Cabo Verde - Population density (people per sq. km of land area)

The value for Population density (people per sq. km of land area) in Cabo Verde was 134.93 as of 2018. As the graph below shows, over the past 57 years this indicator reached a maximum value of 134.93 in 2018 and a minimum value of 50.95 in 1961.

Definition: Population density is midyear population divided by land area in square kilometers. Population is based on the de facto definition of population, which counts all residents regardless of legal status or citizenship--except for refugees not permanently settled in the country of asylum, who are generally considered part of the population of their country of origin. Land area is a country's total area, excluding area under inland water bodies, national claims to continental shelf, and exclusive economic zones. In most cases the definition of inland water bodies includes major rivers and lakes.

Source: Food and Agriculture Organization and World Bank population estimates.

See also:

Year Value
1961 50.95
1962 52.14
1963 53.62
1964 55.32
1965 57.18
1966 59.22
1967 61.42
1968 63.57
1969 65.37
1970 66.66
1971 67.32
1972 67.45
1973 67.26
1974 67.05
1975 67.06
1976 67.33
1977 67.83
1978 68.53
1979 69.41
1980 70.43
1981 71.63
1982 73.02
1983 74.50
1984 75.96
1985 77.34
1986 78.56
1987 79.69
1988 80.83
1989 82.18
1990 83.86
1991 85.91
1992 88.28
1993 90.83
1994 93.40
1995 95.85
1996 98.15
1997 100.31
1998 102.36
1999 104.33
2000 106.25
2001 108.12
2002 109.91
2003 111.65
2004 113.30
2005 114.90
2006 116.42
2007 117.88
2008 119.32
2009 120.76
2010 122.25
2011 123.79
2012 125.37
2013 126.98
2014 128.60
2015 130.21
2016 131.80
2017 133.37
2018 134.93

Development Relevance: Population estimates are usually based on national population censuses. Estimates for the years before and after the census are interpolations or extrapolations based on demographic models. Errors and undercounting occur even in high-income countries; in developing countries errors may be substantial because of limits in the transport, communications, and other resources required conducting and analyzing a full census. Population density is a measure of the intensity of land-use, and can be calculated for a block, city, county, state, country, continent or the entire world. Considering that over half of the Earth's land mass consists of areas inhospitable to human inhabitation, such as deserts and high mountains, and that population tends to cluster around seaports and fresh water sources, a simple number of population density by itself does not give any meaningful measurement of human population density. Several of the most densely populated territories in the world are city-states, microstates, or dependencies.[6][7] These territories share a relatively small area and a high urbanization level, with an economically specialized city population drawing also on rural resources outside the area, illustrating the difference between high population density and overpopulation.

Limitations and Exceptions: Current population estimates for developing countries that lack recent census data and pre- and post-census estimates for countries with census data are provided by the United Nations Population Division and other agencies. The cohort component method - a standard method for estimating and projecting population - requires fertility, mortality, and net migration data, often collected from sample surveys, which can be small or limited in coverage. Population estimates are from demographic modeling and so are susceptible to biases and errors from shortcomings in the model and in the data. Because the five-year age group is the cohort unit and five-year period data are used, interpolations to obtain annual data or single age structure may not reflect actual events or age composition. The quality and reliability of official demographic data are also affected by public trust in the government, government commitment to full and accurate enumeration, confidentiality and protection against misuse of census data, and census agencies' independence from political influence. Moreover, comparability of population indicators is limited by differences in the concepts, definitions, collection procedures, and estimation methods used by national statistical agencies and other organizations that collect the data.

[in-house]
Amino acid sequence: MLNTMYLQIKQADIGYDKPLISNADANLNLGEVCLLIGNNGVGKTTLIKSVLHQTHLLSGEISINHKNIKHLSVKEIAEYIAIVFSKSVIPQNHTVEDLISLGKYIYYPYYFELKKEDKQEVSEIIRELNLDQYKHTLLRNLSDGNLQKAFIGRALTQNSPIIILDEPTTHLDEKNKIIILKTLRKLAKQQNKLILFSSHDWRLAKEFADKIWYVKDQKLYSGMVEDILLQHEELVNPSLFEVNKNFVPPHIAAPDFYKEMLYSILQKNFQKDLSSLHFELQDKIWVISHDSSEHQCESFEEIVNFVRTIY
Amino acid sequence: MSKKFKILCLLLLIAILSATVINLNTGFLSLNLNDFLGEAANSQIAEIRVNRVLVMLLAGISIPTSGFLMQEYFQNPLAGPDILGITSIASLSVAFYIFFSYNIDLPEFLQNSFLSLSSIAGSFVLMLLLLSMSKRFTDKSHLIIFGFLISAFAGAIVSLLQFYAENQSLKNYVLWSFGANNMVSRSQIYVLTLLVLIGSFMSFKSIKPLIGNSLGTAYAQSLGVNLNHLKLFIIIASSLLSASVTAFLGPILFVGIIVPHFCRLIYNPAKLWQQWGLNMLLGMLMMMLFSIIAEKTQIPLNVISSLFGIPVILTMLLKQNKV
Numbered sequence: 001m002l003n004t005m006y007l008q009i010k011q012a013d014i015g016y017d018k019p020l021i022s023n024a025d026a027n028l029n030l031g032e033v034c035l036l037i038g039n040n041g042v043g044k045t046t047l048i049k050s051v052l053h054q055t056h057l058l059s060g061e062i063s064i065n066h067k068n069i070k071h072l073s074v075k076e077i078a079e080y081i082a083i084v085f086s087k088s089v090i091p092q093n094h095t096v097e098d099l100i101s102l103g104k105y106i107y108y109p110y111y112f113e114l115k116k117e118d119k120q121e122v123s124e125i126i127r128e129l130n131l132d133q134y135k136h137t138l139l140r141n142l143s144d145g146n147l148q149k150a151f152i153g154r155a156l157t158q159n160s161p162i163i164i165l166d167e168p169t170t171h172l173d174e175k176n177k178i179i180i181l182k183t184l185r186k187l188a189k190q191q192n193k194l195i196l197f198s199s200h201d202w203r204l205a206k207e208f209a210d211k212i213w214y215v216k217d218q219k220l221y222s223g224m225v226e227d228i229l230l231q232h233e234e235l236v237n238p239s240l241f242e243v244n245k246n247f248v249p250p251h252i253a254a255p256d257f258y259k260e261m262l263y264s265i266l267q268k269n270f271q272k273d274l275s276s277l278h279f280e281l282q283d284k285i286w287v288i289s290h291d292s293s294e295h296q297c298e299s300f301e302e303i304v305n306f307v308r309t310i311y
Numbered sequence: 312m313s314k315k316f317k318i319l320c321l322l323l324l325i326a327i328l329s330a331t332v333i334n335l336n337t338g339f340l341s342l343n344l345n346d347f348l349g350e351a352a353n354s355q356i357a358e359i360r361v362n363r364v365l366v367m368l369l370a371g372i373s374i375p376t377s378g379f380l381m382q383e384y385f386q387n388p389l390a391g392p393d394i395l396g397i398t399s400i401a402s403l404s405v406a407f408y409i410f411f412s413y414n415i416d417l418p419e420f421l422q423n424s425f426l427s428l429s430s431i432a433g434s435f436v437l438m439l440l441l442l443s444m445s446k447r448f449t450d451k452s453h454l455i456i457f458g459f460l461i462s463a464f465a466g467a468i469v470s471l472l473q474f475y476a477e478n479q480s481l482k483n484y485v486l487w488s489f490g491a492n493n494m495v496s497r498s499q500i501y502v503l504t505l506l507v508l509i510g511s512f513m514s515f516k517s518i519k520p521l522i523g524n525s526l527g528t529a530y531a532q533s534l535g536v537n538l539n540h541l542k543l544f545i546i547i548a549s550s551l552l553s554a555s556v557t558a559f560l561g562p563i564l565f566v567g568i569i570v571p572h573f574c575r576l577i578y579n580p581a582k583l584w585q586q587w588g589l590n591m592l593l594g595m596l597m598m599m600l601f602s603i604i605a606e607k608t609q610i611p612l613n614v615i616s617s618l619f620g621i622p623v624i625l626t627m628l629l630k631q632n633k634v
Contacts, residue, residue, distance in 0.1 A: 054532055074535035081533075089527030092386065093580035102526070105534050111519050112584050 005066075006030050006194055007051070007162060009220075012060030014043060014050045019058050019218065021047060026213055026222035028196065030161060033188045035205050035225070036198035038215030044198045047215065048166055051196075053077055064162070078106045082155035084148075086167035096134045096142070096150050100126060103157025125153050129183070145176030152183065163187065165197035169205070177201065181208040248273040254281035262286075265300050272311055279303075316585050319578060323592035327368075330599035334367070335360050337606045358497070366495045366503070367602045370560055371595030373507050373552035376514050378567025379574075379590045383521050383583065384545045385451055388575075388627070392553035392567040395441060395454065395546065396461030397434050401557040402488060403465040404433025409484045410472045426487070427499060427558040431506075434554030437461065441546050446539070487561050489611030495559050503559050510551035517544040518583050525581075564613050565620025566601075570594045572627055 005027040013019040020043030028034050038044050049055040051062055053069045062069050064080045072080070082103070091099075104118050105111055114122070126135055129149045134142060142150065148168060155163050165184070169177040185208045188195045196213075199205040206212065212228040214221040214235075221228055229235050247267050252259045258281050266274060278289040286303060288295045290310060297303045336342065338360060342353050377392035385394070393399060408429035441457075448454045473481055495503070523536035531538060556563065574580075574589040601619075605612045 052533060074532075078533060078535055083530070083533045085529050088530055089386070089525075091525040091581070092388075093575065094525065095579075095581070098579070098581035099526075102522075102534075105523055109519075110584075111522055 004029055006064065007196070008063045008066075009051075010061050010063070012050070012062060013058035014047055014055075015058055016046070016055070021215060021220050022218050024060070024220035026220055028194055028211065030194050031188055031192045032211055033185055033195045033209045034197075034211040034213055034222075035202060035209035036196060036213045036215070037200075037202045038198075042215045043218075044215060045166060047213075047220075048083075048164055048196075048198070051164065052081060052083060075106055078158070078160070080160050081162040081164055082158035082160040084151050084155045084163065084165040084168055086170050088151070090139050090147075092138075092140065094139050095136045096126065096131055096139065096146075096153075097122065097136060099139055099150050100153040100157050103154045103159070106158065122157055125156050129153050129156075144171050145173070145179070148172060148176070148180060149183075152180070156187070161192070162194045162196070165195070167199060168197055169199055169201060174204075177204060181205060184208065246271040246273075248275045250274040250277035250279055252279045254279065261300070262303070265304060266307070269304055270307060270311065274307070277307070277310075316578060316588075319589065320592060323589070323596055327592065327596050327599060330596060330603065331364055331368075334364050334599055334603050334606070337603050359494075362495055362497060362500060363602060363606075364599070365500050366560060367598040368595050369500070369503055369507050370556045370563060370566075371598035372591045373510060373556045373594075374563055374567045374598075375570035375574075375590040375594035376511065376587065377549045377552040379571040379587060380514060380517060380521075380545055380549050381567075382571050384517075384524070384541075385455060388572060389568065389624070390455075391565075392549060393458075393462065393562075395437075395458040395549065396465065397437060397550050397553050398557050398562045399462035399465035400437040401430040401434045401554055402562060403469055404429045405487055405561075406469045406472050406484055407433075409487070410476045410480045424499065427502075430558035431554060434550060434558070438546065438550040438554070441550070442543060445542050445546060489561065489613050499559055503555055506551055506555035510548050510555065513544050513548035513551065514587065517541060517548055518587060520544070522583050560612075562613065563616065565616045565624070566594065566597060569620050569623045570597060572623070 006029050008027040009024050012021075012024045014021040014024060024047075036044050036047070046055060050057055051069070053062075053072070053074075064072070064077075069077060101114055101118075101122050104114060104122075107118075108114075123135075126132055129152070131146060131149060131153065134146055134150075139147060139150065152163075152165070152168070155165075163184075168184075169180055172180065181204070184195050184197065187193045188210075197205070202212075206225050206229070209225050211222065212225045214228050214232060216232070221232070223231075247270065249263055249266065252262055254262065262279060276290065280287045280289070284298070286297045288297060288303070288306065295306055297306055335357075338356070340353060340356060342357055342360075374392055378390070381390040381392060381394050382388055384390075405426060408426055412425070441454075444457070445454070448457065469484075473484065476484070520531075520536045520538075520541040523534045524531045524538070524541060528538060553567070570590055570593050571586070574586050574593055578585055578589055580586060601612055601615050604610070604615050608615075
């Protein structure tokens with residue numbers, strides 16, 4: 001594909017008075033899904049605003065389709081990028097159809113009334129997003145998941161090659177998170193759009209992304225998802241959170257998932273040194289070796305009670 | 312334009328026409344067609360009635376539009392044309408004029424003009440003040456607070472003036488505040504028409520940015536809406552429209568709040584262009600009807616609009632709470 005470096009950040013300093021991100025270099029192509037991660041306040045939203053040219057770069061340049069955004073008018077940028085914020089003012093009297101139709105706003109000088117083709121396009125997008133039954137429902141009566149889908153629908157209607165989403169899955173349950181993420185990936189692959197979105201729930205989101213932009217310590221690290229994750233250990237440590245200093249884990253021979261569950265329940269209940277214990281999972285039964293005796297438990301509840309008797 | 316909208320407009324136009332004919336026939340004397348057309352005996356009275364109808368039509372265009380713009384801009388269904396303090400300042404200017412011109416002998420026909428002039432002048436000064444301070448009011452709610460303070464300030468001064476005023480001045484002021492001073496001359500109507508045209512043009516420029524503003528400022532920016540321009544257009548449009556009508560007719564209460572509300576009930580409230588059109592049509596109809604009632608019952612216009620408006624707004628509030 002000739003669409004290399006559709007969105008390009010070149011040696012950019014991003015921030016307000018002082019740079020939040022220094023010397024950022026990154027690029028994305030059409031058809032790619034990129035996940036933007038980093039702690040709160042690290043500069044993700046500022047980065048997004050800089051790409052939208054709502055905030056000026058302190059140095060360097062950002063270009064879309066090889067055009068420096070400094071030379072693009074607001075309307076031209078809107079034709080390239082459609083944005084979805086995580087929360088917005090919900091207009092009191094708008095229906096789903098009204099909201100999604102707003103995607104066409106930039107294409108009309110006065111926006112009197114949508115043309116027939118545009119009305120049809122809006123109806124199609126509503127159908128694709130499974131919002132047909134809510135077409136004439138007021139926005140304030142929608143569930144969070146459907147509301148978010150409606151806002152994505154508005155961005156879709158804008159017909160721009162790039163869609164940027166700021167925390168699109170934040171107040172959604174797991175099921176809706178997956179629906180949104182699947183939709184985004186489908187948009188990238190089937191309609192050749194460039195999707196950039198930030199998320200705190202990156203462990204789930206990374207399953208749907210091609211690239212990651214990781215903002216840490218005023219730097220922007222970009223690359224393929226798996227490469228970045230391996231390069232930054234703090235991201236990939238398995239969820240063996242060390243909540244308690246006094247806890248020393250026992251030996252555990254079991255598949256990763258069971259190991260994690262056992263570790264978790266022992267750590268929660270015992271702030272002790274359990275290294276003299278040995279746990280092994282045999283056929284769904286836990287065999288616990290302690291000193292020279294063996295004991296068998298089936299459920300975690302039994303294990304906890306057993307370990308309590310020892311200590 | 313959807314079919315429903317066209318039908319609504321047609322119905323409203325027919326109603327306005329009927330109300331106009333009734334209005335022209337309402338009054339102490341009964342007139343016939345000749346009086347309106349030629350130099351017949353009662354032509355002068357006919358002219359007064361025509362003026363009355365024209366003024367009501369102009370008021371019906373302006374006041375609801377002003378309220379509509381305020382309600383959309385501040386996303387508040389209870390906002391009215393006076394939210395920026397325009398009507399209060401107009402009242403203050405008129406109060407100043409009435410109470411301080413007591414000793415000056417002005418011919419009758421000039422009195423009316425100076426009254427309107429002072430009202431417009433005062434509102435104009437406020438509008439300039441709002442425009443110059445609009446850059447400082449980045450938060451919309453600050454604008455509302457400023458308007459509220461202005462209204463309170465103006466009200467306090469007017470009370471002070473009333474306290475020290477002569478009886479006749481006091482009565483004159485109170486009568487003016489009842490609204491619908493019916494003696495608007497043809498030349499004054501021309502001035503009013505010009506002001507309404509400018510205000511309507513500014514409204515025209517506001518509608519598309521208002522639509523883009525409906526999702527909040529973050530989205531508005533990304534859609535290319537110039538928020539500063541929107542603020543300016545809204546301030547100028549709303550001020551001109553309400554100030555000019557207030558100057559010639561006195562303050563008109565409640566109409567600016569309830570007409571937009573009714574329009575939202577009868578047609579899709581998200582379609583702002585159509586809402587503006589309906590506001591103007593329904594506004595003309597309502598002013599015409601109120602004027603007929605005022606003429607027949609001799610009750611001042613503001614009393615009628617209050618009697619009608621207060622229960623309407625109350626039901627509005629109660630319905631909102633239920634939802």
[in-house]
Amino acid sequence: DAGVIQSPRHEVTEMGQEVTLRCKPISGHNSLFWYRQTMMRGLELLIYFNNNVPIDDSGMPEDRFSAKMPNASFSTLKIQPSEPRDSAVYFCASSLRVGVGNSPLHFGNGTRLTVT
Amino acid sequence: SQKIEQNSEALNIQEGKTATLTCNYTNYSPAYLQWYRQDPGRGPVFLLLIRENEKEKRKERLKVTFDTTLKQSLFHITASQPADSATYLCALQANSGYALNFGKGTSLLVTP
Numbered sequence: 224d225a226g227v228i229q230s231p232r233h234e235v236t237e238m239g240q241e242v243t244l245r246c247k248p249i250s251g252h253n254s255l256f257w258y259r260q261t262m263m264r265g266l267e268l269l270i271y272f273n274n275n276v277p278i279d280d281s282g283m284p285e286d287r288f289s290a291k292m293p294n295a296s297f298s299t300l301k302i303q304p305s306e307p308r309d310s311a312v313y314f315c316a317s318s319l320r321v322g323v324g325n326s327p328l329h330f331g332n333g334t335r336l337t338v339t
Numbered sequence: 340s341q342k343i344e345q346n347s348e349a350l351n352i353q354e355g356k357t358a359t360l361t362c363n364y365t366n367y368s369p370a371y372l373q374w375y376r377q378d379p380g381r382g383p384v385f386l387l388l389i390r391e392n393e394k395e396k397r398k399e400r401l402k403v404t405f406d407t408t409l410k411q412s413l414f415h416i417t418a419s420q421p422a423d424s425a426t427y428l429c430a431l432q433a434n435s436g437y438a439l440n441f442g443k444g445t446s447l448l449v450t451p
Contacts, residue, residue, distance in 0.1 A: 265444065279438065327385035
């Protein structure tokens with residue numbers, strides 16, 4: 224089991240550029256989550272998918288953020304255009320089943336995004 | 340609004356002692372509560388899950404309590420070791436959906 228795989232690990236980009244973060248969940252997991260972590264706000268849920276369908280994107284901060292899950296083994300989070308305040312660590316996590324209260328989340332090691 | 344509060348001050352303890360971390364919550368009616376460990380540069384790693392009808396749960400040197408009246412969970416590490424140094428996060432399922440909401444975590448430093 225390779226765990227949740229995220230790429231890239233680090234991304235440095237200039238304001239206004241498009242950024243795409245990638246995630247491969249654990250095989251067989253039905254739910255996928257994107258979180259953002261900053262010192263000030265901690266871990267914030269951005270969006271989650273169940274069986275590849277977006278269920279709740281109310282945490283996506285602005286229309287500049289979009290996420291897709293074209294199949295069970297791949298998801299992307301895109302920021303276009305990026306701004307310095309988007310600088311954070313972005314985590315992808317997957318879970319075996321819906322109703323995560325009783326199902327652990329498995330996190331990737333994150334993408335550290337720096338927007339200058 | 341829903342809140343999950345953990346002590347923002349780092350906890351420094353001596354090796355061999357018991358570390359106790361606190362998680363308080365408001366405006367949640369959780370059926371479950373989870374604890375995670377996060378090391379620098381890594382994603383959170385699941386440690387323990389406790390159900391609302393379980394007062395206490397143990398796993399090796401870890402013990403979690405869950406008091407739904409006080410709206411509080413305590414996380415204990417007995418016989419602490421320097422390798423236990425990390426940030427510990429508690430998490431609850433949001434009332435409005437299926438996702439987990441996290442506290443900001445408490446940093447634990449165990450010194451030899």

Statistical Concept and Methodology: Population density is midyear population divided by land area in square kilometers. This ratio can be calculated for any territorial unit for any point in time, depending on the source of the population data. Populationestimates are prepared by World Bank staff from variety of sources. They are based on the de facto definition of population and include all residents regardless of legal status or citizenship, within the physical boundaries of a country and under the jurisdiction of that country's political control. Refugees not permanently settled in the country of asylum are considered part of the population of their country of origin. Population numbers are either current census data or historical census data extrapolated through demographic methods. The count also excludes visitors from overseas. Population density is calculated by dividing midyear population by land area in a country. Population is based on the de facto definition of population, which counts all residents regardless of legal status or citizenship - except for refugees not permanently settled in the country of asylum, who are generally considered part of the population of their country of origin. Land area is a country's total area, excluding area under inland water bodies, national claims to continental shelf, and exclusive economic zones. In most cases the definition of inland water bodies includes major rivers and lakes.

Aggregation method: Weighted average

Periodicity: Annual

Classification

Topic: Environment Indicators

Sub-Topic: Density & urbanization